To test using all the CPU cores:
Code:
mpirun bash ecpp-mpi -n '(288879084+253!-2^253)/4' -v -f testmpi
After lots of screen output, there should be a couple lines that read:
Code:
Writing to 'testmpi'.
Writing to 'testmpi.primo'.
Again, these mean success.

Aside from the increase in speed over Primo above about 1300 decimal digits, fastECPP is easier to use with scripts. Below I'm providing such a script for use in automatically processing factordb PRPs.

Notes in no particular order:
- Certificates will be processed as Anonymous unless modifications are made.
- The size to start with and the number to process can be given on the command line during the call.
- - Otherwise defaults are used.
- The script must be used in the cm/src directory or a copy of that directory, including the two hidden folders.
- - If a copy of the src folder is used, it only needs the two hidden folders and the two scripts: ecpp and ecpp-mpi, and the following script, which, for my use, I call ecppfdb.sh.

ecppfdb.sh script:
Code:
#!/bin/bash
#############################################################
# This script is designed to use fastECPP to automatically
# process PRPs from factordb.  The starting size and quantity
# can be provided on the command line when calling.  More
# information can be found at:
#    https://www.mersenneforum.org/showthread.php?t=28270
#############################################################

# default if no value found on command line
if [ ${#1} -lt 1 ]
  then
    start=300
  else
    start=$1
fi
# default if no value found on command line
if [ ${#2} -lt 1 ]
  then
    todo=100
  else
    todo=$2
fi
# cutoff to change over to mpi
if [ $start -gt 1200 ]
  then
    mpi=1
  else
    mpi=0
fi

# maximum size of random value to add
srand=250

# removes temporary files
function cleanup {
  rm primo-* 2>/dev/null
  rm primo_* 2>/dev/null
  rm *.zip 2>/dev/null
  rm temp* 2>/dev/null
  rm result 2>/dev/null
}

ccount=0
printf "Working on first candidate.\r"
while [ $todo -gt 0 ]
  do
    elapsed=$SECONDS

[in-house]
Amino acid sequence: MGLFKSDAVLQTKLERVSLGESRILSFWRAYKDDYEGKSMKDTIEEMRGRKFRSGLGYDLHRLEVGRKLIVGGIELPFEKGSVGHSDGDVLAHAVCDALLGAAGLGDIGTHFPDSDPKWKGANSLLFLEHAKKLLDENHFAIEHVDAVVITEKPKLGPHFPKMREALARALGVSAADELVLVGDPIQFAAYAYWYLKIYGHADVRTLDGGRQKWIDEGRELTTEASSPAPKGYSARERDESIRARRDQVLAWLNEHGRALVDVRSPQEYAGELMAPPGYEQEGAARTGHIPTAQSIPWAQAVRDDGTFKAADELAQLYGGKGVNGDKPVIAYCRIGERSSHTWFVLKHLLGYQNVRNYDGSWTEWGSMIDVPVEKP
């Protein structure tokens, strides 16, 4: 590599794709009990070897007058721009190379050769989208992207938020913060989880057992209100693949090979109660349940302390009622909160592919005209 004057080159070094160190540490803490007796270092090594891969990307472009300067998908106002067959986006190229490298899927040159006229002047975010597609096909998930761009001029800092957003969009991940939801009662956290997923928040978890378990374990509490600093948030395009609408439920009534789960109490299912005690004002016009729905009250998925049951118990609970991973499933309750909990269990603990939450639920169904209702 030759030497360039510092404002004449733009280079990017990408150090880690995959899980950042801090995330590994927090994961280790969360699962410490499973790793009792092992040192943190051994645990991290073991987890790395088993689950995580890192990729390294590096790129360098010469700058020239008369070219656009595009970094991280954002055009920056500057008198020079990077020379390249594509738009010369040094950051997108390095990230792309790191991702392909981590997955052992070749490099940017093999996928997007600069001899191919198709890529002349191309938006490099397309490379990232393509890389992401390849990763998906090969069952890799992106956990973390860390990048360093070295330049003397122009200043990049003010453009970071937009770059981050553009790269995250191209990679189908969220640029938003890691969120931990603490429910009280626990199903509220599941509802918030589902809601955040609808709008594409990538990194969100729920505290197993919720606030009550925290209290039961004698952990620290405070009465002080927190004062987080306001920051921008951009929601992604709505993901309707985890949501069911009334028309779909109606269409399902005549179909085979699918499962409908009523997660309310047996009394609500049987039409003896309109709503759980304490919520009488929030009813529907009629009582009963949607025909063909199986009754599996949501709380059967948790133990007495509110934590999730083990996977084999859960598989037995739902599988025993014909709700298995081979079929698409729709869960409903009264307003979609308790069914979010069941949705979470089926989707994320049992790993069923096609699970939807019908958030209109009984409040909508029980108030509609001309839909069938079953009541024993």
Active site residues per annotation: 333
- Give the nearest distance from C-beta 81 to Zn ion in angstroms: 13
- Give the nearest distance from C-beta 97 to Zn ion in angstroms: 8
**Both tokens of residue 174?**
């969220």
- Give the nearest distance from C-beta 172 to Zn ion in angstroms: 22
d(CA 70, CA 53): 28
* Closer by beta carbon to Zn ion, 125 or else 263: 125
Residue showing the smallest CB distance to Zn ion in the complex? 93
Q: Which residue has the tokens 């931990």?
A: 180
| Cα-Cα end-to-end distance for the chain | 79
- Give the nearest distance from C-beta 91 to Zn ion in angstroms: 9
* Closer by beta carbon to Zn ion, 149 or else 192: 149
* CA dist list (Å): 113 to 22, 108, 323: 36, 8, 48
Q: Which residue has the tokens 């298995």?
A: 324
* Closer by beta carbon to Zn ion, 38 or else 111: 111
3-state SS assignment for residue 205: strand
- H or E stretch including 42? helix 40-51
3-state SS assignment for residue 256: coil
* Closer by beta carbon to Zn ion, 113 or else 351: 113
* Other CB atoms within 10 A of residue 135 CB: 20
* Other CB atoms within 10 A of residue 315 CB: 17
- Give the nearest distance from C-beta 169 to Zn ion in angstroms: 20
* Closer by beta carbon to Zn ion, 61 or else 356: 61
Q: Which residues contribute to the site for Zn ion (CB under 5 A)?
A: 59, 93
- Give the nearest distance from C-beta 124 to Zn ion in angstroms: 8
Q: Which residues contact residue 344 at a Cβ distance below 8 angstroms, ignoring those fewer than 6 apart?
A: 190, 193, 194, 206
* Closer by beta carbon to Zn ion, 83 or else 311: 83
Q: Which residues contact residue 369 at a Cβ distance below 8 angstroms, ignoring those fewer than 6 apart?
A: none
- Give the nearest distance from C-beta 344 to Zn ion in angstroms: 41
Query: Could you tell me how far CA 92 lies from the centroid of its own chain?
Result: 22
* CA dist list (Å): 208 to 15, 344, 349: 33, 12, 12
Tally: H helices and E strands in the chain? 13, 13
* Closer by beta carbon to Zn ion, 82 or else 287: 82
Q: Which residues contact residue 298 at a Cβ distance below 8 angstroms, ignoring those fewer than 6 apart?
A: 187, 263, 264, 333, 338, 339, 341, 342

ocount=0
    cleanup
    csize=$(echo $[ $RANDOM % $srand + $start ])
    wget "http://factordb.com/primobatch.php?digits=${csize}&files=1&start=Generate%20Zip" -q -O ecppIN.zip
    unzip -q ecppIN.zip
    pfile=$(ls *.in)
    size=$(grep "digits" $pfile)
    size=${size:63:4}
    can=$(tail -n 1 *.in)
    can="0x${can:3}"
    if [ $mpi -eq 0 ]
      then
        bash ecpp -n $can -f temp >/dev/null 2>/dev/null
      else
        mpirun bash ecpp-mpi -n $can -f temp >/dev/null 2>/dev/null
    fi
    sleep 1
    curl -s -F cert=@"temp.primo" http://factordb.com/uploadcert.php >>result 2>>result
    saved=$(cat result | grep "Saved" | wc -l)
    if [ $saved -lt 1 ]
      then
        echo "Certificate not accepted by factordb!     "
    fi
    let ccount=${ccount}+1
    let elapsed=${SECONDS}-${elapsed}
    printf "Processed: %d - Last Size: %d (%d:%02d/%d:%0.2d)        \r" $ccount $size $((elapsed/60)) $((elapsed%60)) $((SECONDS/60)) $((SECONDS%60))
    let todo=${todo}-1
  done
echo ""
cleanup
Here are some examples (with default start 300):
Code:
$ bash ecppfdb.sh
Processed: 100 - Last Size: 353 (0:04/6:47)        
$ bash ecppfdb.sh 375 7
Processed: 7 - Last Size: 380 (0:11/0:42)
Extra notes:
- The values in parentheses are time for last PRP and total elapsed time.
- If a certificate is not accepted for any reason, the message, "Certificate not accepted by factordb!" is displayed.
- - Unfortunately, this script will keep retrieving the same candidate if factordb has not removed it.
- You can troubleshoot by commenting the final cleanup call and reviewing the temporary files.
- - The file called "result" is the factordb .html file returned from the curl upload.
- A random value was aded to help minimize collisions of script users.
- - The "srand" value is the maximum allowed to be added to the starting size.

At some point, I intend to add a Colab session using this script. The Colab sessions will only use one core, but should be capable of certifying lots of the smaller PRPs during times when the db has been flooded.


In my tests, obviously, the mpi version runs slower than single-threaded, but for larger candidates mpi can be far superior. If you include a hostfile, you can invoke the use of all the threads, but my tests have shown only a small improvement with all threads over one per core. Then again, when you're looking at an elapsed time of months, small improvement may mean weeks.